The Town of Shelburne is moving forward with an expansion to its wastewater treatment plant, approving funding for its design.
Shelburne Town Council, during their meeting on April 26, approved $2 million in funding from the wastewater reserve to finance the design portion of the Water Pollution Control Plant (WPCP) upgrades.
According to the report to council, the town’s wastewater reserve balance at the end of 2020 was $3.4 million with an estimated budgeted transfer of $723,265 added through rates collected. The balance of the sewer reserve is estimated to be $4 million by the end of 2021.
Shelburne’s director of finance and treasurer, Carey Holmes said once the design phase is completed and construction commences, the sewer reserve can be replenished from development charges.
The design work for the expansion is set to begin following the completion of the plant’s environmental assessment (EA) study.
“It’s about a year design time frame,” said Stephen Burnett, the Town’s engineer. “If the EA wraps up mid-summer, this should have the design completed by mid to late summer next year pending any hiccups.”
An allocation report of the Water Pollution Control Plant (WPCP) found that there is not sufficient allocation for new and proposed developments. Shelburne Town council received a report in September 2020, which gave the Town three options for upgrading the plant, and estimated the cost of upgrades between $26 million to $34 million.
The report states, a pilot testing of membrane bioreactors (MBR) water treatment, one of the options given to council for the WPCP expansion, was recently approved by council.
The WPCP environmental assessment will be finalized pending the “confirmatory results of the pilot study”, which will be completed in the next two months.
Design for the expansion is estimated to require a minimum of one year, while construction will take a minimum of two, following to completion of the design.
The Town is also undergoing an environmental assessments on the water supply, which has seen issues in servicing and capacity as well.
In 2020, PW1 or well #1 was taken off-line due to low production. New pumps were installed, rehabilitating the well, but due to air entrainment issues it has remained off-line. Burnett noted they are working on treating the ‘bubbles’, which are part of the wells design, installing new equipment, screening, and up to two air release valves.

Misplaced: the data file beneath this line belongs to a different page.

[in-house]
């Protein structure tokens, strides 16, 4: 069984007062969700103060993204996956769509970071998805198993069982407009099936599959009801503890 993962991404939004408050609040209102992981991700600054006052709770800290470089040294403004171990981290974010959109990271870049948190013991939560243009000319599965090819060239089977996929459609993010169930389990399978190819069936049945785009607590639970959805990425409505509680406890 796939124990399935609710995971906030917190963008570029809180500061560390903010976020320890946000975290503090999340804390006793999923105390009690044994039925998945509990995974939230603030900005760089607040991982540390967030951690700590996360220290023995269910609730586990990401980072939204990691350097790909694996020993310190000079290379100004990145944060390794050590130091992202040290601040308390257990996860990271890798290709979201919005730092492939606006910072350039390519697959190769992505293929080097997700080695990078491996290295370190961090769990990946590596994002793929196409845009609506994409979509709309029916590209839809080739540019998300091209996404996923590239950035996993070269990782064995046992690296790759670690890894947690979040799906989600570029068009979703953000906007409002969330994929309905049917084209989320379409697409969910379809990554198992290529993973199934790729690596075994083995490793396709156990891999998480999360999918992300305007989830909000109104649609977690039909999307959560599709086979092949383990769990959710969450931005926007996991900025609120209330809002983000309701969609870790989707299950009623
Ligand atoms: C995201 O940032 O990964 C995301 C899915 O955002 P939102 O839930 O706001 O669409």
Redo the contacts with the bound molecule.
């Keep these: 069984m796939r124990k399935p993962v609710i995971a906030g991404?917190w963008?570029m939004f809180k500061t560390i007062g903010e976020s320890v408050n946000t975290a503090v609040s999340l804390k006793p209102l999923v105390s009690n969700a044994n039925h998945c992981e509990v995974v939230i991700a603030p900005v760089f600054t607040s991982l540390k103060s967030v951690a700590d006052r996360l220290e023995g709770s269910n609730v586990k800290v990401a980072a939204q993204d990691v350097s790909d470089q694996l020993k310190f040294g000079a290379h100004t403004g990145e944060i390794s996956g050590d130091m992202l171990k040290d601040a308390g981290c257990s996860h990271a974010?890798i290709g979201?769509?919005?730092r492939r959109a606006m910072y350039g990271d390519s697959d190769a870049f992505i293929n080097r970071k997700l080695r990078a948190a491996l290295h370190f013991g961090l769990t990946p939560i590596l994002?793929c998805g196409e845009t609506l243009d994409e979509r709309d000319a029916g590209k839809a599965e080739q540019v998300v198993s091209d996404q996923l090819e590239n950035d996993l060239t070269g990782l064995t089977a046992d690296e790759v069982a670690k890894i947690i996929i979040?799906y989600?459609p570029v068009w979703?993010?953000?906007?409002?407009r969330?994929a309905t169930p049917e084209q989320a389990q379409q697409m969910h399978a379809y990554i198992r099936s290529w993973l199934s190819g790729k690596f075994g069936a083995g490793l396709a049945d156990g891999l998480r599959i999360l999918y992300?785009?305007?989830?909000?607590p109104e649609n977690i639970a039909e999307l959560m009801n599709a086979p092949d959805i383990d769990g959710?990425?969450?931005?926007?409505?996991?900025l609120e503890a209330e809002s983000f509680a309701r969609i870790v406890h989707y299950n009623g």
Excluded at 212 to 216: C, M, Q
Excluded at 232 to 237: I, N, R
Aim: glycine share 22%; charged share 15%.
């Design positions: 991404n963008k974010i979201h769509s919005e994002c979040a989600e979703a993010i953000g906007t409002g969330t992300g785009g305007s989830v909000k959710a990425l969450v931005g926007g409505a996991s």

“The plan is to have well #1 back online by about mid-summer of 2021,” said Burnett. “If rehabilitation works do not work and we cannot deal with this air entrainment issue then alternatively a new well would potentially be required here, but ultimately [the] prognosis is pretty good.”
The Town saw well #3 minimized in use to limit the naturally occurring arsenic levels, which are above the newly reduced drinking water limits, while a new filtration system was being designed. During the wells rehabilitation, it showed signs of being GUDI (groundwater under the direct influence surface water), and taken off-line. Project costs for the well are now estimated at $3 million, up from the originally estimated $1.77 million.
Work is also being done on PW7 (well #7) and PW8 (well #8), in an attempt to run them together which would double the amount of supply and could increase the flow of PW5 (well #5) and PW6 (well #6) from 75 per cent to 100.
Burnett added that a source water protect plan would need updating in consultation with the Grand River Conservation Authority (GRCA) and Nottawasaga Valley Conservation Authority (NVCA).
“Although most of this information and testing results will be submitted in late spring/early summer it is not anticipated that the approval will be issued until late spring/early summer 2022 for implementation of these improvements,” said Burnett.
Burnett said that once the wells are turned back on the Town could meet wastewater demands for more than 15 years, with a new well needed in 2035.
Paula Brown, Local Journalism Initiative Reporter, Shelburne Free Press